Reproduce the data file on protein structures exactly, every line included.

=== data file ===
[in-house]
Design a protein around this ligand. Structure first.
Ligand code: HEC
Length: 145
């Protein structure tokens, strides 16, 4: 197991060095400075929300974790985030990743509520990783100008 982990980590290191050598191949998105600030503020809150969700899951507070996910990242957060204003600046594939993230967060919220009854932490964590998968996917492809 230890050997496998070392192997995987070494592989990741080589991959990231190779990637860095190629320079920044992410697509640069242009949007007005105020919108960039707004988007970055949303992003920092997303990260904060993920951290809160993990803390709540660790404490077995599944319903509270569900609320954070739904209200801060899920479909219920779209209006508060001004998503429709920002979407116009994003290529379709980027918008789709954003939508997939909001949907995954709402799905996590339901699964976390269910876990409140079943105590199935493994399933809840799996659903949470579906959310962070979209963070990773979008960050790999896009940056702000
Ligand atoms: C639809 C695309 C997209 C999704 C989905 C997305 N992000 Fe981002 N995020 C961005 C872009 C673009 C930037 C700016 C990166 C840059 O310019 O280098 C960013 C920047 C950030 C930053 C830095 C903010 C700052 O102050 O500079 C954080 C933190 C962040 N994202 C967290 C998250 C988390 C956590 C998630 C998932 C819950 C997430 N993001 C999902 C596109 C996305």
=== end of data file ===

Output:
[in-house]
Design a protein around this ligand. Structure first.
Ligand code: HEC
Length: 145
């Protein structure tokens, strides 16, 4: 197991060095400075929300974790985030990743509520990783100008 982990980590290191050598191949998105600030503020809150969700899951507070996910990242957060204003600046594939993230967060919220009854932490964590998968996917492809 230890050997496998070392192997995987070494592989990741080589991959990231190779990637860095190629320079920044992410697509640069242009949007007005105020919108960039707004988007970055949303992003920092997303990260904060993920951290809160993990803390709540660790404490077995599944319903509270569900609320954070739904209200801060899920479909219920779209209006508060001004998503429709920002979407116009994003290529379709980027918008789709954003939508997939909001949907995954709402799905996590339901699964976390269910876990409140079943105590199935493994399933809840799996659903949470579906959310962070979209963070990773979008960050790999896009940056702000
Ligand atoms: C639809 C695309 C997209 C999704 C989905 C997305 N992000 Fe981002 N995020 C961005 C872009 C673009 C930037 C700016 C990166 C840059 O310019 O280098 C960013 C920047 C950030 C930053 C830095 C903010 C700052 O102050 O500079 C954080 C933190 C962040 N994202 C967290 C998250 C988390 C956590 C998630 C998932 C819950 C997430 N993001 C999902 C596109 C996305």